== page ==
The per-animal costs of either method are comparable over time. Efforts to mandate more inspections, accurate statistics and greater control of existing gas chambers would be difficult considering the Georgia Department of Agriculture’s Animal Protection Division’s annual budget is only approximately $1 million for this overworked statewide division that is under a hiring freeze.
Until killing animals is no longer necessary, we recommend taking the advice of our veterinarians and following the AVMA guidelines to use lethal injection. We depend on our veterinarians as our animal experts and some of these professionals feel that other methods are sometimes less stressful to the animals than lethal injection. For those who disagree with the AVMA, instead of attacking specific municipalities, counties, states or groups using these guidelines, we suggest a focused forum to understand the reasons behind the guidelines and then discuss the possibilities of influencing the AVMA for change.
We advocate providing money, veterinarian support, and lethal injection training for staff and volunteers in any county still using a gas chamber but our focus will remain on saving lives. Please encourage everyone you know to spay/neuter. It is your business since it is your tax money that pays to kill these unfortunate animals and remember an intact animal is 3 times more likely to bite, roam and spread disease and 1/3 of all of emergency room cases are dog-bite related according to the United States Postal Service.
The following groups have graciously offered resources:
American Humane Association, Elaine Wood (303) 925-9488 – training and grant opportunities for transition from gas chambers to sodium pentobarbital
Georgia Veterinary Medical Association (678) 309-9800 – help find supervising veterinarians as needed
Georgia Animal Control Association (706) 342-9604 – assist in locating animal control officer training
Humane Association of Georgia and the Dog and Cat Sterilization Fund, Carolyn Danese (404) 827-0603 – spay/neuter funding and education
Humane Society of the United States, Southeast Regional Office (850) 386-3435 – help with the transition from gas chambers to sodium pentobarbital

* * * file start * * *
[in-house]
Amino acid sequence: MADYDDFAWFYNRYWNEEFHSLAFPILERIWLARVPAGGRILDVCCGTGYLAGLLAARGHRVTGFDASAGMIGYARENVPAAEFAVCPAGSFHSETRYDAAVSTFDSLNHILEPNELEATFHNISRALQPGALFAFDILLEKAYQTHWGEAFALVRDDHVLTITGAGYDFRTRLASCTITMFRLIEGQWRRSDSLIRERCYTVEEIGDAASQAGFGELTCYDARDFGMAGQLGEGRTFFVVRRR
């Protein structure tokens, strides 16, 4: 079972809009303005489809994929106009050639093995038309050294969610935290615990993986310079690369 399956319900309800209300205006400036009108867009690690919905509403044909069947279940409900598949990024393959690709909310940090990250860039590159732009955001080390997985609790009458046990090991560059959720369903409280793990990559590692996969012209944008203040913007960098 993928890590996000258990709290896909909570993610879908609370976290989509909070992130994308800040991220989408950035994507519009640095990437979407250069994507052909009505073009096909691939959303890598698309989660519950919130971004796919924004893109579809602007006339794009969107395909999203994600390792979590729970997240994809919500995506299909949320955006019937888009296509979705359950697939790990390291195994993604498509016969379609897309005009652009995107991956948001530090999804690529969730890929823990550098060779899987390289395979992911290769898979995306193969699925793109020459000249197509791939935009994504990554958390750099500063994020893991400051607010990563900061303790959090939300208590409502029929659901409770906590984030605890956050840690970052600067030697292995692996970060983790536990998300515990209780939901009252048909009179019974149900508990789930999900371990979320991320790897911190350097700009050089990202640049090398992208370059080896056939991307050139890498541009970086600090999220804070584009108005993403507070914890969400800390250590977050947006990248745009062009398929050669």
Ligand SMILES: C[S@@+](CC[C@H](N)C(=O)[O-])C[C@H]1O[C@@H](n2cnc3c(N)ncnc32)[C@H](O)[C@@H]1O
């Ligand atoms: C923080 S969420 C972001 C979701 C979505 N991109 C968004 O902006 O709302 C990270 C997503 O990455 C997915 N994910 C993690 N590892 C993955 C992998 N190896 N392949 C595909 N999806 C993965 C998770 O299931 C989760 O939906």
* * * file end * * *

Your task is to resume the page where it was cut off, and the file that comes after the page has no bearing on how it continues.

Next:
President and for the Board
Humane Association of Georgia, Inc.
A statewide coalition of humane societies, animal control and rescue groups and individuals
Visit our website: https://HumaneAssociationofGeorgia.org
About the organization:
HAGA is known for the Animal Protection Act of 2000 that makes some acts of animal cruelty a felony and the Dog and Cat Sterilization License Plates and the Dog and Cat Tax Check Off to fund statewide spay/neuter projects. Our formation allowed Georgia to be the first state by law to allow animals in disaster shelter. We were formed to support good animal legislation, provide education about good animal stewardship and help animals in times of disaster. HAGA is a member of the Georgia Volunteer Organizations Active in Disaster.
Georgia Alert: December 5, 2008 from the American Veterinary Medical Association (AVMA) Executive Board:
AVMA revises policy on ear cropping and tail docking
PRESS RELEASE FOR IMMEDIATE RELEASE
Schaumburg, Ill., November 26, 2008
— The American Veterinary Medical Association (AVMA) Executive Board voted to strengthen association policy on two practices common in certain breeds of dogs—ear cropping and tail docking.
The revised AVMA policy states: “The AVMA opposes ear cropping and tail docking of dogs when done solely for cosmetic purposes. The AVMA encourages the elimination of ear cropping and tail docking from breed standards.”
“For many years the AVMA has acknowledged that ear cropping and tail docking of dogs for cosmetic purposes are not medically indicated nor of benefit to our canine patients,” explains Dr. Ron DeHaven, chief executive officer of the AVMA. “Our latest policy revision doesn’t represent a change in perspective, but, rather, makes that perspective clear with a stronger statement.”
The AVMA decided to adjust its policy on tail docking and ear cropping after a scheduled review of an existing policy. The review included an analysis of scientific literature and available data, an assessment of the practical experience of veterinarians, and deliberations by the AVMA Animal Welfare Committee.
“Why we perform certain procedures is one of the first questions we ask. Once that question is answered, committee members look at any associated welfare concerns,” explains Dr. Gail Golab, director of the AVMA Animal Welfare Division. “‘Cosmetic’ implies the basis for these procedures is to alter the dog’s appearance. Welfare risks identified included those associated with surgical procedures, i.e., anesthetic complications, pain, blood loss and infection. In the committee’s opinion, the risk-benefit analysis supports professional opposition to performing these procedures for purely cosmetic reasons.”